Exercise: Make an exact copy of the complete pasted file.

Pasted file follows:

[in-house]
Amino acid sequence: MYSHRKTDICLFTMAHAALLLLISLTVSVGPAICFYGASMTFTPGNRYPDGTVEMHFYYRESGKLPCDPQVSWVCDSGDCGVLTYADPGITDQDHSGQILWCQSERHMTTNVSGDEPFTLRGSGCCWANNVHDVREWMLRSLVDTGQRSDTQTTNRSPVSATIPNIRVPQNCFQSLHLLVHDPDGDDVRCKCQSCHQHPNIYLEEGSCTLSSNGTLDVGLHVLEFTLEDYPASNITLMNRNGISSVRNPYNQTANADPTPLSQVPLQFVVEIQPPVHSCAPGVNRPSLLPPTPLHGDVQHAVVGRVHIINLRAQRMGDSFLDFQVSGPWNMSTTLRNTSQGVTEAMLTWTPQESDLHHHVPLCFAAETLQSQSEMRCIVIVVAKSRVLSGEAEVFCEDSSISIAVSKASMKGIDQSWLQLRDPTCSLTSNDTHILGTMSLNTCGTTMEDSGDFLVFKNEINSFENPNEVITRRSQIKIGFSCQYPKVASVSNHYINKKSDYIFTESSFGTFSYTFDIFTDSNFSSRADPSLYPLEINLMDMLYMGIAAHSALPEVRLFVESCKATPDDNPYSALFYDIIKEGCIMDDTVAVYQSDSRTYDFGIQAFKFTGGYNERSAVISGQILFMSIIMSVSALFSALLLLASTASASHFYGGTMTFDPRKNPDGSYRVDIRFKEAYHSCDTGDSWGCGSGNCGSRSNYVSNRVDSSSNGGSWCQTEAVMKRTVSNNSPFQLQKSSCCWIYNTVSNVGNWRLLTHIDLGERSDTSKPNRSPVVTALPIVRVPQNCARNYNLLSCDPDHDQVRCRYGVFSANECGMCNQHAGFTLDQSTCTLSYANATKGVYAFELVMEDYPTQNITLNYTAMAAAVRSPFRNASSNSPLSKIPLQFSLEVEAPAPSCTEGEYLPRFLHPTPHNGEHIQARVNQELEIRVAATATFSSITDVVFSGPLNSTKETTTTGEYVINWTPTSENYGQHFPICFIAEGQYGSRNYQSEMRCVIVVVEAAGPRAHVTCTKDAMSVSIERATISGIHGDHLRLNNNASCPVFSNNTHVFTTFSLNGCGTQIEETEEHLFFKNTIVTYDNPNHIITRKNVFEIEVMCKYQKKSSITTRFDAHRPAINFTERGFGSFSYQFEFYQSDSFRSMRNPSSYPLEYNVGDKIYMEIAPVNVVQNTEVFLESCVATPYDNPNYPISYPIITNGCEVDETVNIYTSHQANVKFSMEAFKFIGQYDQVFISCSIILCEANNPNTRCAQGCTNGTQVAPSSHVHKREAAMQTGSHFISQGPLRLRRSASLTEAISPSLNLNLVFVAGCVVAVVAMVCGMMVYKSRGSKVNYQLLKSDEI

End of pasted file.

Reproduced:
[in-house]
Amino acid sequence: MYSHRKTDICLFTMAHAALLLLISLTVSVGPAICFYGASMTFTPGNRYPDGTVEMHFYYRESGKLPCDPQVSWVCDSGDCGVLTYADPGITDQDHSGQILWCQSERHMTTNVSGDEPFTLRGSGCCWANNVHDVREWMLRSLVDTGQRSDTQTTNRSPVSATIPNIRVPQNCFQSLHLLVHDPDGDDVRCKCQSCHQHPNIYLEEGSCTLSSNGTLDVGLHVLEFTLEDYPASNITLMNRNGISSVRNPYNQTANADPTPLSQVPLQFVVEIQPPVHSCAPGVNRPSLLPPTPLHGDVQHAVVGRVHIINLRAQRMGDSFLDFQVSGPWNMSTTLRNTSQGVTEAMLTWTPQESDLHHHVPLCFAAETLQSQSEMRCIVIVVAKSRVLSGEAEVFCEDSSISIAVSKASMKGIDQSWLQLRDPTCSLTSNDTHILGTMSLNTCGTTMEDSGDFLVFKNEINSFENPNEVITRRSQIKIGFSCQYPKVASVSNHYINKKSDYIFTESSFGTFSYTFDIFTDSNFSSRADPSLYPLEINLMDMLYMGIAAHSALPEVRLFVESCKATPDDNPYSALFYDIIKEGCIMDDTVAVYQSDSRTYDFGIQAFKFTGGYNERSAVISGQILFMSIIMSVSALFSALLLLASTASASHFYGGTMTFDPRKNPDGSYRVDIRFKEAYHSCDTGDSWGCGSGNCGSRSNYVSNRVDSSSNGGSWCQTEAVMKRTVSNNSPFQLQKSSCCWIYNTVSNVGNWRLLTHIDLGERSDTSKPNRSPVVTALPIVRVPQNCARNYNLLSCDPDHDQVRCRYGVFSANECGMCNQHAGFTLDQSTCTLSYANATKGVYAFELVMEDYPTQNITLNYTAMAAAVRSPFRNASSNSPLSKIPLQFSLEVEAPAPSCTEGEYLPRFLHPTPHNGEHIQARVNQELEIRVAATATFSSITDVVFSGPLNSTKETTTTGEYVINWTPTSENYGQHFPICFIAEGQYGSRNYQSEMRCVIVVVEAAGPRAHVTCTKDAMSVSIERATISGIHGDHLRLNNNASCPVFSNNTHVFTTFSLNGCGTQIEETEEHLFFKNTIVTYDNPNHIITRKNVFEIEVMCKYQKKSSITTRFDAHRPAINFTERGFGSFSYQFEFYQSDSFRSMRNPSSYPLEYNVGDKIYMEIAPVNVVQNTEVFLESCVATPYDNPNYPISYPIITNGCEVDETVNIYTSHQANVKFSMEAFKFIGQYDQVFISCSIILCEANNPNTRCAQGCTNGTQVAPSSHVHKREAAMQTGSHFISQGPLRLRRSASLTEAISPSLNLNLVFVAGCVVAVVAMVCGMMVYKSRGSKVNYQLLKSDEI